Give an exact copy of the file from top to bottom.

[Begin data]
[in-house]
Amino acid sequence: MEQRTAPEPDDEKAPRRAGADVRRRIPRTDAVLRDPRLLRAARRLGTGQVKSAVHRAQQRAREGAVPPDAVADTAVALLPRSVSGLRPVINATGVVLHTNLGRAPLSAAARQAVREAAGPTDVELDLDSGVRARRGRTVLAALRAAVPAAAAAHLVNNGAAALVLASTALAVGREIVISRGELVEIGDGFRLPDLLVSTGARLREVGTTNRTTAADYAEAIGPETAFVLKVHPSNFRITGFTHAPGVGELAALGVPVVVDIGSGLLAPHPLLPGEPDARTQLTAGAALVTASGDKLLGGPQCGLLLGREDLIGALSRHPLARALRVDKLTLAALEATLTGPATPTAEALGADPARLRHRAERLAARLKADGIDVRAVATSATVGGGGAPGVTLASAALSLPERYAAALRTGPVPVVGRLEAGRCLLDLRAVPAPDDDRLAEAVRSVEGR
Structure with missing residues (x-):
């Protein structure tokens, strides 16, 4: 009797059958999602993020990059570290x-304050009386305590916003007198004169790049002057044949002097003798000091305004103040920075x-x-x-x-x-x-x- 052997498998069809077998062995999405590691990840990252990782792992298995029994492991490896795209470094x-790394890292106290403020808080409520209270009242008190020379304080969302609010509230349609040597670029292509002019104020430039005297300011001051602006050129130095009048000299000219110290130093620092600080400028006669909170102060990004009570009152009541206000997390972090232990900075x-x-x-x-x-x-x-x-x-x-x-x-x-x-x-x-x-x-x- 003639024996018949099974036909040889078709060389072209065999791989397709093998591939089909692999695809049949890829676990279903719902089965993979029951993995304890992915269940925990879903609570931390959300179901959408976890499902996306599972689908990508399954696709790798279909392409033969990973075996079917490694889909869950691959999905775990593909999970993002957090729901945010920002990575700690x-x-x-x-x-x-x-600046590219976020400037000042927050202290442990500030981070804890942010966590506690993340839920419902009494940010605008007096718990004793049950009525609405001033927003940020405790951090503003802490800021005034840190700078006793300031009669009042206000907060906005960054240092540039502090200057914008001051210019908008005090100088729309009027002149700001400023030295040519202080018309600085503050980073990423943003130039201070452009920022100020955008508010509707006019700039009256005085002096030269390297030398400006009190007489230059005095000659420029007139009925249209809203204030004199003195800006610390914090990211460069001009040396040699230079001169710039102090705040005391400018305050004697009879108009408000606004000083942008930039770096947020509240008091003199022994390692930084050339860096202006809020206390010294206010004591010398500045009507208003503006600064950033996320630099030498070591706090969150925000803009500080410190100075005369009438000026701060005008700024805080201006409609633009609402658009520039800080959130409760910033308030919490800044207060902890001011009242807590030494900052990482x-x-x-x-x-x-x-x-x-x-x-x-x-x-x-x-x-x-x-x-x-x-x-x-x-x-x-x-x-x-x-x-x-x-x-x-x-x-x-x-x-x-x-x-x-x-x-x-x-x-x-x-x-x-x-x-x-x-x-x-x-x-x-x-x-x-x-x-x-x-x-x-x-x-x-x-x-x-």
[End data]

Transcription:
[in-house]
Amino acid sequence: MEQRTAPEPDDEKAPRRAGADVRRRIPRTDAVLRDPRLLRAARRLGTGQVKSAVHRAQQRAREGAVPPDAVADTAVALLPRSVSGLRPVINATGVVLHTNLGRAPLSAAARQAVREAAGPTDVELDLDSGVRARRGRTVLAALRAAVPAAAAAHLVNNGAAALVLASTALAVGREIVISRGELVEIGDGFRLPDLLVSTGARLREVGTTNRTTAADYAEAIGPETAFVLKVHPSNFRITGFTHAPGVGELAALGVPVVVDIGSGLLAPHPLLPGEPDARTQLTAGAALVTASGDKLLGGPQCGLLLGREDLIGALSRHPLARALRVDKLTLAALEATLTGPATPTAEALGADPARLRHRAERLAARLKADGIDVRAVATSATVGGGGAPGVTLASAALSLPERYAAALRTGPVPVVGRLEAGRCLLDLRAVPAPDDDRLAEAVRSVEGR
Structure with missing residues (x-):
């Protein structure tokens, strides 16, 4: 009797059958999602993020990059570290x-304050009386305590916003007198004169790049002057044949002097003798000091305004103040920075x-x-x-x-x-x-x- 052997498998069809077998062995999405590691990840990252990782792992298995029994492991490896795209470094x-790394890292106290403020808080409520209270009242008190020379304080969302609010509230349609040597670029292509002019104020430039005297300011001051602006050129130095009048000299000219110290130093620092600080400028006669909170102060990004009570009152009541206000997390972090232990900075x-x-x-x-x-x-x-x-x-x-x-x-x-x-x-x-x-x-x- 003639024996018949099974036909040889078709060389072209065999791989397709093998591939089909692999695809049949890829676990279903719902089965993979029951993995304890992915269940925990879903609570931390959300179901959408976890499902996306599972689908990508399954696709790798279909392409033969990973075996079917490694889909869950691959999905775990593909999970993002957090729901945010920002990575700690x-x-x-x-x-x-x-600046590219976020400037000042927050202290442990500030981070804890942010966590506690993340839920419902009494940010605008007096718990004793049950009525609405001033927003940020405790951090503003802490800021005034840190700078006793300031009669009042206000907060906005960054240092540039502090200057914008001051210019908008005090100088729309009027002149700001400023030295040519202080018309600085503050980073990423943003130039201070452009920022100020955008508010509707006019700039009256005085002096030269390297030398400006009190007489230059005095000659420029007139009925249209809203204030004199003195800006610390914090990211460069001009040396040699230079001169710039102090705040005391400018305050004697009879108009408000606004000083942008930039770096947020509240008091003199022994390692930084050339860096202006809020206390010294206010004591010398500045009507208003503006600064950033996320630099030498070591706090969150925000803009500080410190100075005369009438000026701060005008700024805080201006409609633009609402658009520039800080959130409760910033308030919490800044207060902890001011009242807590030494900052990482x-x-x-x-x-x-x-x-x-x-x-x-x-x-x-x-x-x-x-x-x-x-x-x-x-x-x-x-x-x-x-x-x-x-x-x-x-x-x-x-x-x-x-x-x-x-x-x-x-x-x-x-x-x-x-x-x-x-x-x-x-x-x-x-x-x-x-x-x-x-x-x-x-x-x-x-x-x-």